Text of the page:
This ride starts in the city of Alamogordo, New Mexico, nestled at the foot of the Sacramento Mountains.  To the west lies the Tularosa Basin which humans inhabited some 11,000 years ago. The city was established in 1898 when the El Paso and Northeastern Railroad extended their line into the area.  The name, Alamogordo, which means "large cottonwood," was inspired by the presence of a grove of the hardy trees.  From the 1940s on, Holloman Air Force Base was the site of aerospace work, including rocket sleds and high-altitude balloon flights.  The two chimpanzees who flew in space, Ham and Enos, were trained here.  That tradition carries on with the New Mexico Museum of Space History.
 
Heading west on US70, you cross the basin and the Rio Grand Rift.  To the north, the forbidding desert called Jornada del Muerto, Journey of the Dead, points your attention to the Trinity site, where the first atomic bomb was detonated.
 

Favorite Rides: The Winelander Run

Copyright © 2013 by Ralph F. Couey
 
For six great years, I hosted a two day motorcycle ride which I called "The Winelander Run."  The route started in Kingdom City, MO and ran through Fulton, Columbia, Rocheport, Jefferson City, Hermann, and ending up in Hannibal on Sunday. It was a great run, and a great weekend with fun had by all who attended.  This was the Ride Brief I provided to the riders before we started.
 
Winelander Run
Welcome to the Annual Winelander Run!  I am very happy to have you along today and hope your ride will be enjoyable.  First, a few rules for safety and fun enhancement:
 
1.  Fill your tank before the ride starts and at all designated fuel stops.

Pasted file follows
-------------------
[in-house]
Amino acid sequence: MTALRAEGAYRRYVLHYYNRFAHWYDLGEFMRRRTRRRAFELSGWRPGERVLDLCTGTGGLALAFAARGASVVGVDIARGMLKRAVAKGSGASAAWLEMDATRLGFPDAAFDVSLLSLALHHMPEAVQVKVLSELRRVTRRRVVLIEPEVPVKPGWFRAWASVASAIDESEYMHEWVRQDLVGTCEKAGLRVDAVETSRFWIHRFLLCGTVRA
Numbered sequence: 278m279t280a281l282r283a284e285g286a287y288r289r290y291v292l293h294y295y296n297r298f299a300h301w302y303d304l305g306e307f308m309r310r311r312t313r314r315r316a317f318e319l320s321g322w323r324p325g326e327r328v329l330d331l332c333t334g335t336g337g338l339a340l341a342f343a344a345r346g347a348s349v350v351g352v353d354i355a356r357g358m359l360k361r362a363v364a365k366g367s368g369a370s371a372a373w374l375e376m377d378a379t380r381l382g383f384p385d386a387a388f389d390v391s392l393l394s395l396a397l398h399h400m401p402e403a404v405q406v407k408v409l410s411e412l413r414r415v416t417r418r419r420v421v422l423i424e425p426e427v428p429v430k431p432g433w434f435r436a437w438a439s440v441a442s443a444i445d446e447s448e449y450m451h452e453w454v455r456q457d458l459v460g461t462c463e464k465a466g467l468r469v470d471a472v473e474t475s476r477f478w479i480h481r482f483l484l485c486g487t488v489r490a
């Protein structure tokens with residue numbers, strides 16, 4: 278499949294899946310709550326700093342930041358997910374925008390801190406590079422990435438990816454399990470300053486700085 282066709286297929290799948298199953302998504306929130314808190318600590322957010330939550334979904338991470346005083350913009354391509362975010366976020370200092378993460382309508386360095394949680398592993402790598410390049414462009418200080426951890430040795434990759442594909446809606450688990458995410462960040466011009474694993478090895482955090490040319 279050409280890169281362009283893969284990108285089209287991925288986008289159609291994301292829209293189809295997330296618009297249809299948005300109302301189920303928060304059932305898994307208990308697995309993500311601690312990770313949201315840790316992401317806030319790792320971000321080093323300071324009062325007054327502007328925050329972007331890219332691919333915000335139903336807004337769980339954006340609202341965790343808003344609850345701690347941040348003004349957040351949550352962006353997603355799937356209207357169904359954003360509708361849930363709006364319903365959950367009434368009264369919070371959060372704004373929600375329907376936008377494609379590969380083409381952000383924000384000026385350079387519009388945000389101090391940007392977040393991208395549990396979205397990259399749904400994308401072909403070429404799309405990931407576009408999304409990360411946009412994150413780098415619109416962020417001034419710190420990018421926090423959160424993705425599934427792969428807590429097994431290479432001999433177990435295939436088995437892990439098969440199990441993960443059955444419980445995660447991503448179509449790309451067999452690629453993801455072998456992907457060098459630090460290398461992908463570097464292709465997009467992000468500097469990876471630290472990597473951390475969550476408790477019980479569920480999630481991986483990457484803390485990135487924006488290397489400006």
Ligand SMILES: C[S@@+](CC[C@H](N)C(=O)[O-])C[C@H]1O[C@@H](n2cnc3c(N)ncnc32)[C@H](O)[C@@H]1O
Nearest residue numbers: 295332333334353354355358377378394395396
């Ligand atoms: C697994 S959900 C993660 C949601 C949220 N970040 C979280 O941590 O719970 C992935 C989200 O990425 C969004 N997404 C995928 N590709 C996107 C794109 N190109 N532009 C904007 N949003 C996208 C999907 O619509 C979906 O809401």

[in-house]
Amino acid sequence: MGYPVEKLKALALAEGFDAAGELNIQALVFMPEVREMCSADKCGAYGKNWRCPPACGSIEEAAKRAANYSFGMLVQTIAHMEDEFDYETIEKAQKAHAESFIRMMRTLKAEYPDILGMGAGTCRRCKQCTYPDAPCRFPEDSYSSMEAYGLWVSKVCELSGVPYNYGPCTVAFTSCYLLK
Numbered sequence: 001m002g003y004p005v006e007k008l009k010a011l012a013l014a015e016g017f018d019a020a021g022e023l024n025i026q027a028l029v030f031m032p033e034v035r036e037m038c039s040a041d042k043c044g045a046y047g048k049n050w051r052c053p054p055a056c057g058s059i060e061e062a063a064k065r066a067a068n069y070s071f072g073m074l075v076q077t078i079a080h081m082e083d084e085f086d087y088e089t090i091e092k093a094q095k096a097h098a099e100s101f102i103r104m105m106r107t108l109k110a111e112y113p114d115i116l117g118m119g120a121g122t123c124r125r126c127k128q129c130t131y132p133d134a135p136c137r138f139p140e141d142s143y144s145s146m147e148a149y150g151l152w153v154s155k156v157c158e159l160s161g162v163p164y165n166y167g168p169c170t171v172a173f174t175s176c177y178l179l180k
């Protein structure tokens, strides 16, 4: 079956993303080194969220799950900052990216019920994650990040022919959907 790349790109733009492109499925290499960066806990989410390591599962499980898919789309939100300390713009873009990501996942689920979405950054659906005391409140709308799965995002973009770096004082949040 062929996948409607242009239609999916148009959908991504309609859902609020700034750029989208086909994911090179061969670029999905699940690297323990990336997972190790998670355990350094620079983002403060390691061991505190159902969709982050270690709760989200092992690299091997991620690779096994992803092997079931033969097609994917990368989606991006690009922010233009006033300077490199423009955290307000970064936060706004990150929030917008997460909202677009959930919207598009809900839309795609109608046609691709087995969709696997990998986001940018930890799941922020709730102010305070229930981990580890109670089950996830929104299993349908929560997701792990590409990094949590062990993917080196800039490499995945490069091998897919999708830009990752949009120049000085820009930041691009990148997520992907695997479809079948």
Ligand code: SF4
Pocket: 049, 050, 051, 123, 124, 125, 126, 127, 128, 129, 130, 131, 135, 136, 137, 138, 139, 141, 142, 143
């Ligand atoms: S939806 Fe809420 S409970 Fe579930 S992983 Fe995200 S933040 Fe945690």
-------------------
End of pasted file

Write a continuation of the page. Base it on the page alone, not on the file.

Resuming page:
2. When possible, use the approved staggered method of riding.  Don’t ride directly behind the bike in front of you.  On twisty roads, however, stretch the spacing out and use as much as the road as you need.   
3.  No passing. That is, maintain your position in the group through out the ride.
4.  After the ride has started, please don’t leave the group unless you suffer a breakdown or a medical problem.
5. Each person on the ride is responsible for the rider behind him when making turns.  If you have lost sight of the rider in front of you, continue straight ahead, assuming that he will wait for you at the next turn or change in route number.
6.  While in the curves, ride at a pace that is comfortable for you. When you come out of a curve, use the straightaway to catch up.
7. Do not tailgate.  However, in congested areas, keep the formation tightened up and staggered as much as you safely can as you approach traffic signals so that the group moves through the light as a unit.
 
Now a few notes about the route.
 
1.  This is “critter country” that we’re riding through.  We shouldn’t see many deer during the day, but there are plenty of dogs, cats, raccoons, skunks, foxes, etc., so be alert.  Also, the great Missouri turtle migration starts about this time, so watch for little helmets with legs and avoid them.
2.  There are places where you will see me slow down a bit.  Some are curves where there is always a spray of gravel around.  There are other places where I have often seen deer cross in the past, so if you see me slow down and begin to scan the roadsides, there’s a good reason.
3.  If you need to stop for gas or to pump bilges (an old Navy term) give three long beeps on your horn and I’ll pull over at the next available spot.  We will take breaks about every 60 minutes or so.  The travel distance to Hermann on this route should be about 190 miles.   I have scheduled the fuel stops within a mileage range that should not present a problem.  
 
 Here’s the route for Saturday (220 miles, 5 hours):